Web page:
National Drug Strategy Cost €12m in 2017, up 500% from 2000

The Luxembourg Institute of Health (LIH) has published a National Drug Report 2017 which addresses the state of the drugs problem in the Grand Duchy.

The 2017 report aims to describe the framework in which drug use and drug trafficking evolve at the national level by providing a comprehensive overview of historical developments and recent trends.

The National Drug Coordinator’s Office was estalished in 2000. The national drug strategy relies on two pillars, namely on demand reduction and supply reduction and on four transversal axes: 1. Risk, damage and nuisance reduction, 2. Research and information, 3. International relations and 4. Coordination mechanisms. The national drug coordinator, jointly with the Interministerial Committee on Drugs (ICD), follows up and steers the implementation process of the national drugs action plan.

The global budget of the Ministry of Health granted to drug demand reduction related services and programmes has increased from €2,066,000 in 2000 to €12,987,138 in 2017, thus witnessing a progression rate of 529%.

The annual number of PDU (problem drug use) person-contacts indexed by national institutions figured 5,846 in 2016 (multiple counts included; 2002: 4,701). 2,383 users have been indexed by national specialised drug demand reduction agencies and 2,318 drug law offenders by supply reduction agencies in 2002. In 2016, the same agencies have indexed 2,974 and 2,872 persons respectively. Overall the number of persons showing drug-related contacts with DR or SR agencies has discontinuously increased until 2010 and witnessed a first decrease in 2011 to increase agin 2015 onwards. In 2016 an important decrease of contacts registered by supply reduction agencies is noted. Worth mentioning is also the decrease between 2011 and 2013 of national low threshold agencies’ contacts. Successive increases, however, have been been noted 2014 onwards.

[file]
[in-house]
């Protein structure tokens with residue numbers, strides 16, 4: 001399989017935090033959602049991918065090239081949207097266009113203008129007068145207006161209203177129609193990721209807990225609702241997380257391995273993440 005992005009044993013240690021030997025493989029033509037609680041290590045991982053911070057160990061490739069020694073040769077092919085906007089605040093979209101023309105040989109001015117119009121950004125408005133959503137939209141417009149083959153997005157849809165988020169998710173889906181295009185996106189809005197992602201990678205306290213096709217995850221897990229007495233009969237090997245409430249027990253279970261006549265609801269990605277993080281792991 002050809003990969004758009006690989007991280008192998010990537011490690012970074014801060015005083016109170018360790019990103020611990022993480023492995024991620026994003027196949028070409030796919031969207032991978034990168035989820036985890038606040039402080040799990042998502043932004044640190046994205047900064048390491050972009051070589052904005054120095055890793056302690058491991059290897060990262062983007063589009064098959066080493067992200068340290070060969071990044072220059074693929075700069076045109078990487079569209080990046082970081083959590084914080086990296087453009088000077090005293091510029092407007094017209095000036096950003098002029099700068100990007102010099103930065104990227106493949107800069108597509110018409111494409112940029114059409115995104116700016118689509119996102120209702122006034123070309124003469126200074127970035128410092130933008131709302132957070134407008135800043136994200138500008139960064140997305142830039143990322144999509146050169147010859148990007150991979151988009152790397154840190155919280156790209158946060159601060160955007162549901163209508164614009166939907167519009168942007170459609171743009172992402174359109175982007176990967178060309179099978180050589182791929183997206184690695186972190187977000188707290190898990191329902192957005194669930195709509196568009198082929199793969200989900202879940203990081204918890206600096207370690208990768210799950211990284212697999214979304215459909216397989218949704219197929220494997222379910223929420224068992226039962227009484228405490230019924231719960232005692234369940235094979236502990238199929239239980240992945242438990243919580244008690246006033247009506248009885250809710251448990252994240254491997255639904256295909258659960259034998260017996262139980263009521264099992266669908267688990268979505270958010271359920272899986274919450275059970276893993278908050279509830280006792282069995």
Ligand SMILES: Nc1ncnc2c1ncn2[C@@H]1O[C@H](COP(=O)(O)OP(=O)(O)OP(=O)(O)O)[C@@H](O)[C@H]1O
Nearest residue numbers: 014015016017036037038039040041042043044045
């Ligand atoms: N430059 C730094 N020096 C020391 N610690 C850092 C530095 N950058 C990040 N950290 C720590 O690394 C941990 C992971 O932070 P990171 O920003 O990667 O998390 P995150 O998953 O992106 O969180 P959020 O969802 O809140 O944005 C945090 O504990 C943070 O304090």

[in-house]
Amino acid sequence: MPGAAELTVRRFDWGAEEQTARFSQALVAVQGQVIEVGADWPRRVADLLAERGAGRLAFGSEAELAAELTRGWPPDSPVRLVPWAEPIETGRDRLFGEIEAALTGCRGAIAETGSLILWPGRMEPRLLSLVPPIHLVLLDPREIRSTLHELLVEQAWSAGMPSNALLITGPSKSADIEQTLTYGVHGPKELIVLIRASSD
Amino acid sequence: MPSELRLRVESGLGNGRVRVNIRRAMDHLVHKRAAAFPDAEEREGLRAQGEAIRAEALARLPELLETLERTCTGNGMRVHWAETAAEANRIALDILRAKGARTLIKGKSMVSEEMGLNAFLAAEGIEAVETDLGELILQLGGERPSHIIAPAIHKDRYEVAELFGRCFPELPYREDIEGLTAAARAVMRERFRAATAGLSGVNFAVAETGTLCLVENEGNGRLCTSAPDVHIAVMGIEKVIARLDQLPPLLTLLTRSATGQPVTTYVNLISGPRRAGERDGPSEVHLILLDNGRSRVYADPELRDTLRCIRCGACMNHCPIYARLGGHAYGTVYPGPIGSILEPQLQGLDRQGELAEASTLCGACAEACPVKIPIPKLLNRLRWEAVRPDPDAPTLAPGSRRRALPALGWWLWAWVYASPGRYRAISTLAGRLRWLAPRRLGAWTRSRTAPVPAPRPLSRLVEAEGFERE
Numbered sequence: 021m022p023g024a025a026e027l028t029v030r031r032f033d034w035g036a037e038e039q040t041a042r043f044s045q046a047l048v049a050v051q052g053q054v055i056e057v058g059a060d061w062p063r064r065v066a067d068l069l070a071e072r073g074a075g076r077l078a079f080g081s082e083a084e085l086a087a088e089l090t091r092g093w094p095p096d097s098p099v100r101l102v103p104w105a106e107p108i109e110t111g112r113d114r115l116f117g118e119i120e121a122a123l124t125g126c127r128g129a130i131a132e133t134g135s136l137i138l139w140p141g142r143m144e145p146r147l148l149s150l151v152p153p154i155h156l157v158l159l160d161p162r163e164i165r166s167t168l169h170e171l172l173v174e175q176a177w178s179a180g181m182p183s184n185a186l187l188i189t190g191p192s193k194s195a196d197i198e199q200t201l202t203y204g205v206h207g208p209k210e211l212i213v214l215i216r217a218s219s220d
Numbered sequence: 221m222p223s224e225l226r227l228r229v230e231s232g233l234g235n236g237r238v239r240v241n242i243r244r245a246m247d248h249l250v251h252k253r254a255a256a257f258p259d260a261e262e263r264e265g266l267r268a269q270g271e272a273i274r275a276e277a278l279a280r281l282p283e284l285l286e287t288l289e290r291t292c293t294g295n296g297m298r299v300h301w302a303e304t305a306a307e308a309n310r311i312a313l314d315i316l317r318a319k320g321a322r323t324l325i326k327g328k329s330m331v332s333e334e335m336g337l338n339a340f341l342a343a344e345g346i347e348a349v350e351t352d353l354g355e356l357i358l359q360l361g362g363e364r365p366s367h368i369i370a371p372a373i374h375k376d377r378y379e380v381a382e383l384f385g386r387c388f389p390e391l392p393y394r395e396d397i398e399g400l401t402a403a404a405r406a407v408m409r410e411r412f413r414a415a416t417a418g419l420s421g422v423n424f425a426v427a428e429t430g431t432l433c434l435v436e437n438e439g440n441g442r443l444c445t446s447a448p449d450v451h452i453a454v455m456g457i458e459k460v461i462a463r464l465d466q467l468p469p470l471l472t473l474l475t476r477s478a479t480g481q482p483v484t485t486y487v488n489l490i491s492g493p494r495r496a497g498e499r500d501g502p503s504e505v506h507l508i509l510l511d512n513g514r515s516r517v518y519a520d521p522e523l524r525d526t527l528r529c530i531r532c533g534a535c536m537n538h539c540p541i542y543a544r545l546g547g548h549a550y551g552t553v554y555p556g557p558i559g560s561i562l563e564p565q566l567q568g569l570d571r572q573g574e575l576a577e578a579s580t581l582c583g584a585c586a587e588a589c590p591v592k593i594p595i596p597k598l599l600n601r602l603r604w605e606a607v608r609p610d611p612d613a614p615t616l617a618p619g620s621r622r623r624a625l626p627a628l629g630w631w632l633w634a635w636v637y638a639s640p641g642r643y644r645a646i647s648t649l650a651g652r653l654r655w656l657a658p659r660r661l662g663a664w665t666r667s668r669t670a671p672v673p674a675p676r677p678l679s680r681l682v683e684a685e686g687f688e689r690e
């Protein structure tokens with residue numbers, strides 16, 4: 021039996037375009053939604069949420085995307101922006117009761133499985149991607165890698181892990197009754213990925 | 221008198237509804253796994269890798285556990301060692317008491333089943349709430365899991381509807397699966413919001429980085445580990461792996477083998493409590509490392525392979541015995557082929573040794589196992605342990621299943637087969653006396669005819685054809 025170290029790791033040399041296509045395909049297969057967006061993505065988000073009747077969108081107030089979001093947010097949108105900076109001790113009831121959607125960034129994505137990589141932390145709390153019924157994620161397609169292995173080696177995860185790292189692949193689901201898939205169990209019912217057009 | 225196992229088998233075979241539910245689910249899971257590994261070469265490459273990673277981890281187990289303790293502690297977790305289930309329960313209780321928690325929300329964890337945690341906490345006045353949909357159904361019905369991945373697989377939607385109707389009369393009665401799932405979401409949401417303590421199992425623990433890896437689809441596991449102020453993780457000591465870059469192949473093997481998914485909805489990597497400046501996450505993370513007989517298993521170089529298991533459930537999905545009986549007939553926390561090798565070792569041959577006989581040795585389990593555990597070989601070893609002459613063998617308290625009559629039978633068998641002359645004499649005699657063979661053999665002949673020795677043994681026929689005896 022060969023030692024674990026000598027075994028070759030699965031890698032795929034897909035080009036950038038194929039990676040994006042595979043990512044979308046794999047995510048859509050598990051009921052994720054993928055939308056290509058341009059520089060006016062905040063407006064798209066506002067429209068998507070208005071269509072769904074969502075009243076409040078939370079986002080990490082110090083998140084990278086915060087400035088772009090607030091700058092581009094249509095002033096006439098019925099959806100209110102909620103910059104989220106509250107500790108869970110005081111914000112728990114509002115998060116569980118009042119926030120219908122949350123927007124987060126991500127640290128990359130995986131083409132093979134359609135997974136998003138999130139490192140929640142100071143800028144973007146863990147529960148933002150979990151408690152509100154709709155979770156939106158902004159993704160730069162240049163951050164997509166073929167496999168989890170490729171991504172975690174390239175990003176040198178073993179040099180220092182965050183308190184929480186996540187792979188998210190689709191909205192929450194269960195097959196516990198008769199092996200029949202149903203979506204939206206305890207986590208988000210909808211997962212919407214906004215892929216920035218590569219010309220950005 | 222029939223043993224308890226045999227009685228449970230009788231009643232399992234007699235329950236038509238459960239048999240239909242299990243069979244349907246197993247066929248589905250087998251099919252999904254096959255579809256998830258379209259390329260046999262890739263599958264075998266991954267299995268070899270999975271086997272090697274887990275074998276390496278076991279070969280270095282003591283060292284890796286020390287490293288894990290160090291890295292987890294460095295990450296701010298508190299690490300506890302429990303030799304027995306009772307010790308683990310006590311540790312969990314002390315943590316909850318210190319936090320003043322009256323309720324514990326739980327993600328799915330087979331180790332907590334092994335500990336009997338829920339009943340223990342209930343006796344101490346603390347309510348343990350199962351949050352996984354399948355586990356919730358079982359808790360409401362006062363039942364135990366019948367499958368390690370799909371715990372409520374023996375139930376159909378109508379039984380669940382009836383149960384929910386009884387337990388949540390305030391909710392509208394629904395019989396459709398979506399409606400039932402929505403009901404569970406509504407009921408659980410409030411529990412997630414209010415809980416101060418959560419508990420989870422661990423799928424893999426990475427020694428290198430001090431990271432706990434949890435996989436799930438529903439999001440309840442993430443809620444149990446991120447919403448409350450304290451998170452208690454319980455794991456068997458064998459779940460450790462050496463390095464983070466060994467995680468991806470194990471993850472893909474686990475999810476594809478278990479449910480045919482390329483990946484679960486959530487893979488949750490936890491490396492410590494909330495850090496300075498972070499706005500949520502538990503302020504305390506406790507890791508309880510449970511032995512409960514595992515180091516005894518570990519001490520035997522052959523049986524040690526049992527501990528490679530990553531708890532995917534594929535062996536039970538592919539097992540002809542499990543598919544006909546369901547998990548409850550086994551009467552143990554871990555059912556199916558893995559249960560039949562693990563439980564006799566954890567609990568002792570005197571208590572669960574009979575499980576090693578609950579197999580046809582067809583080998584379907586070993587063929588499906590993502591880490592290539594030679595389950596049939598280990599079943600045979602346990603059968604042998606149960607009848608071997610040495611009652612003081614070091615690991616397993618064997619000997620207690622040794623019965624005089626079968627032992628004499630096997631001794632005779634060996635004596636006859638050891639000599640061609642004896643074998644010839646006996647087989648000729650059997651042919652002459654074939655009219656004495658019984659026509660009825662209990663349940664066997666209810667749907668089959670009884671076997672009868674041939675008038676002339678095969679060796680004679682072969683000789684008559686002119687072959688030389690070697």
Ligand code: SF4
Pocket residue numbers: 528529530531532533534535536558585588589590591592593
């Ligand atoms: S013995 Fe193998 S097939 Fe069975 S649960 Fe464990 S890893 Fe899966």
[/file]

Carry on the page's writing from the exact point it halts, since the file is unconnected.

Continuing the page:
According to the latest serial drug use prevalence study (Origer, 2017) performed on 2015 data, the national prevalence of Problem Drug Users (PDU) situates around 2,250 persons. A decreasing trend in the PDU prevalence rate in the national population aged 15 to 64 years has been observed from 2003 onwards. A similar evolution occurred also for Injecting Drug Use (IDU) prevalence since 2009. The prevalence rate of Opioid Use (OU) was estimated for the first time on 2015 data at 4.46 per 1,000 inhabitants aged 15-64 years which equals to approximately 1,700 opiod users.

Injecting heroin and cocaine use associated to poly-drug use have been reported being the most common consume pattern in P DU. The ratio between non-injectors and injectors figured 3/4 in 2016. In 2016, cocaine as primary drug reached a high level (17%) similar to the ones observed in 2014 and 2015 (19.9%, 19%).

The number of persons in contact with the national specialised network for (preferential) cannabis use currently represents 32.8% (23.1% in 2015). Amphetamine type substances and ecstasy related treatment demands are only weakly represented, which, however, does not inform on their prevalence in general population as RELIS data refer to P DU and not to the overall population of recreational drug users. The proportion of poly-drug use has been decreasing 2011 onwards with increasing trends in 2014 (54%) and 2015 (61%) followed by a stabilisation in 2016 (54%).

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